“No form-factor left untested” may well be Samsung’s unofficial motto for Windows 8, with the company bringing a raft of prototype notebooks and tablets to IFA, Alongside the Dual-Display Notebook were four alternative concepts that played with sliding, swiveling, slate and other designs, as Samsung took a suck-it-and-see approach to Windows tableteering.
The Swivel model, shown above, follows the convertible notebook approach we’ve seen in Windows tablets before, with a touchscreen that can be rotated and then folded flat down onto the keyboard so as to make a ruggedized slate. That would deliver the same functionality as the Dual-Display concept, but with less weight thanks to only having a single screen.
The Binder concept is more unusual, with a touchscreen slate sliding into the docking slot of a removable keyboard. It’s hard to tell how it differs from the docking systems of the Samsung ATIV line-up - all four of the concepts were behind glass – but it presumably has low-profile connections in the docking “gutter” so as to allow the slate to glide into place.
Samsung’s Slider concept took a slightly different angle to the Sliding PC Series 7 the company showed off back at CES in January, with a form-factor more akin to Sony’s VAIO Duo 11. The fixed viewing angle is a compromise, but the mechanism may well be more sturdy than a single swiveling hinge as on the first prototype.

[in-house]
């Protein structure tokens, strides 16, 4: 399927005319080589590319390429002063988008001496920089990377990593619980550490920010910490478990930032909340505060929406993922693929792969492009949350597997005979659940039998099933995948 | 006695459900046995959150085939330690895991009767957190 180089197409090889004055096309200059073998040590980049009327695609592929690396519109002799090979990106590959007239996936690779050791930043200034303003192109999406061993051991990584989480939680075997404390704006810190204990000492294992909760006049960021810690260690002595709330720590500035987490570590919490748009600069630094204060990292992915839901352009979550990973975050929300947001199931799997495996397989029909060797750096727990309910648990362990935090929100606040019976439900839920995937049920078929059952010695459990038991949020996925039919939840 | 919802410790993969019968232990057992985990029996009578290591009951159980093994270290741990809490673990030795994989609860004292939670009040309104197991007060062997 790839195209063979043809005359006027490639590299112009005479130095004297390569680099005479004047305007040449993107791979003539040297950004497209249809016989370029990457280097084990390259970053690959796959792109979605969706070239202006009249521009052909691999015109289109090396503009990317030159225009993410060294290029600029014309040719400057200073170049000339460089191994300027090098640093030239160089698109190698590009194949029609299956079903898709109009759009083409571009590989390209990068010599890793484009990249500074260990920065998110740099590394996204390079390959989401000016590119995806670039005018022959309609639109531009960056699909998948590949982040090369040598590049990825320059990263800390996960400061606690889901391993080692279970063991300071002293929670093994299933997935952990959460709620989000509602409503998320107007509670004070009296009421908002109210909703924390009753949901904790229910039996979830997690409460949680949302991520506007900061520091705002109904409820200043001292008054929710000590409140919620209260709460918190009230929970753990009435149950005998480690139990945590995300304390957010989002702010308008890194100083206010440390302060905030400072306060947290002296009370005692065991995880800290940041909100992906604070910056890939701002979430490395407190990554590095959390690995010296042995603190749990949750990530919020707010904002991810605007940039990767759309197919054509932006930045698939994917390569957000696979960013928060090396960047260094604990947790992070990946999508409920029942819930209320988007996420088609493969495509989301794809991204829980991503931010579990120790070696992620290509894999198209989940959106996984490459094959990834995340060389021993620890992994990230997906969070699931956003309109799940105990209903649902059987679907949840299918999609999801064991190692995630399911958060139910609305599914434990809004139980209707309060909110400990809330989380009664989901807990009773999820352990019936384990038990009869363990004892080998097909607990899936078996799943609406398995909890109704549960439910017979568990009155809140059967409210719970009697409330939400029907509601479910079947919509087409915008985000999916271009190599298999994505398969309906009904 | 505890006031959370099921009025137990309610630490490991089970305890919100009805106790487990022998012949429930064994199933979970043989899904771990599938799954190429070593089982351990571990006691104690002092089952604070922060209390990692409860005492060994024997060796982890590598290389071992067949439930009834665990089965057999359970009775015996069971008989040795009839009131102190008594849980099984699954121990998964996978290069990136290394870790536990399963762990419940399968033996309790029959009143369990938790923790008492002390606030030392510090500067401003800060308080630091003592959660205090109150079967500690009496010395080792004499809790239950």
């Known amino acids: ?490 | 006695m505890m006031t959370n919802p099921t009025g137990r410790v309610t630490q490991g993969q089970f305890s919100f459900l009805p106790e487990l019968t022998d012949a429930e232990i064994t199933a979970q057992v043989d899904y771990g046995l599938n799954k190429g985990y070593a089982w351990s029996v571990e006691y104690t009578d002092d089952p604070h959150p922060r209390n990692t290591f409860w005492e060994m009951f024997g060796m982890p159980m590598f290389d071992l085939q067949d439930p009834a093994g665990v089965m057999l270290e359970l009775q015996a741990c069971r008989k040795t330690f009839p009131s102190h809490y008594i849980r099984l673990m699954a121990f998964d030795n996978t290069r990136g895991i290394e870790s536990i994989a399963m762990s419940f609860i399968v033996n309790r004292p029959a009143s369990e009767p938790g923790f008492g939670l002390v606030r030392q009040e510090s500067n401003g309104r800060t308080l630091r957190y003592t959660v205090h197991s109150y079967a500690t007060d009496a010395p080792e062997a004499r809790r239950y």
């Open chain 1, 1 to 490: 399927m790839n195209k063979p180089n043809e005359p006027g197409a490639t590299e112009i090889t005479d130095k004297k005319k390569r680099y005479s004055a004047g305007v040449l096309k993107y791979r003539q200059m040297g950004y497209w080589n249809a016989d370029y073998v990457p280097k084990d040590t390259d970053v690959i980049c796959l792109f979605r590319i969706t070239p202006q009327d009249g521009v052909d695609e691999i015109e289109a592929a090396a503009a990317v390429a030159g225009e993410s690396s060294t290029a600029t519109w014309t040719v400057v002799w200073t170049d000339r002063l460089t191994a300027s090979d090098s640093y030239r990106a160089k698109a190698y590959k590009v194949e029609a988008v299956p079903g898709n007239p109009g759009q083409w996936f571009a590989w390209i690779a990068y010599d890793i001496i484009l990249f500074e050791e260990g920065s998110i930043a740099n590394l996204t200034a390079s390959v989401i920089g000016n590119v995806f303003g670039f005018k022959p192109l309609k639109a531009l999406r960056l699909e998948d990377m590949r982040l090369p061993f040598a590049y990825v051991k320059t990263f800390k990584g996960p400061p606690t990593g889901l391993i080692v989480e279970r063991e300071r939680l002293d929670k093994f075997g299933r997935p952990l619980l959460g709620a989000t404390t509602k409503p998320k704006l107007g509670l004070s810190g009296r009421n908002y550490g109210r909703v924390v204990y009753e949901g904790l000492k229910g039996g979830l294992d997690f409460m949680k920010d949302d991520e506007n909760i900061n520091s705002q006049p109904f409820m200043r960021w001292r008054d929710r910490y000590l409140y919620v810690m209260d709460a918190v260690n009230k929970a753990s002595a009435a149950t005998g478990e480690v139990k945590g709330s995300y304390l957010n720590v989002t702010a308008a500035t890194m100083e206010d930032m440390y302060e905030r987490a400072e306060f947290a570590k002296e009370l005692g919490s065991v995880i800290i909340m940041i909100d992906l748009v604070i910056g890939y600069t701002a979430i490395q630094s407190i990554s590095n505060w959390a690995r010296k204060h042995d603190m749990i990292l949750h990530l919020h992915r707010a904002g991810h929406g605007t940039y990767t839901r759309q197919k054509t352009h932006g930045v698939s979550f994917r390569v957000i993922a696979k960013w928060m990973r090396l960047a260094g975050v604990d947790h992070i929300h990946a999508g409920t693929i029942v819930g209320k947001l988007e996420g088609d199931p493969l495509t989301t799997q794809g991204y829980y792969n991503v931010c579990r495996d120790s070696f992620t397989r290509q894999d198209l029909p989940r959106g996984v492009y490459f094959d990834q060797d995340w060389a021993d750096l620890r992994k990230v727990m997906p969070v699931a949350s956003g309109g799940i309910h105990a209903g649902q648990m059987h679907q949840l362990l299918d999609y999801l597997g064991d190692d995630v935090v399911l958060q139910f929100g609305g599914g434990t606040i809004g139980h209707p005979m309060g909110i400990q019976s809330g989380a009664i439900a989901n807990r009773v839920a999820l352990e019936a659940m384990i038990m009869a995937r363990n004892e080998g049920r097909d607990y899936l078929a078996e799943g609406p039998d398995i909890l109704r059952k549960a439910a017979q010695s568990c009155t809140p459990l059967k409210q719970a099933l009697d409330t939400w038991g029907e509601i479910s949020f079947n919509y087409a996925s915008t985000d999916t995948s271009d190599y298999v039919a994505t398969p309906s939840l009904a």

Finally, there was the Samsung Memo PC, a smaller form-factor slate (somewhere between 7- and 8.9-inches, we’d say) with S Pen support, intended for those that don’t need a physical keyboard. The asymmetric profile would be more suited to right-handed users, but it could be an interesting alternative to Samsung’s Android-based Note series.
Of course, that’s assuming any of the designs actually make it to production. Samsung is pushing ahead with more conventional docking-tablet designs right now, but was polling IFA attendees to see if they were swayed by any of the concepts it had on show. Let us know which you prefer in the comments.is written by Chris Davies & originally posted on SlashGear.
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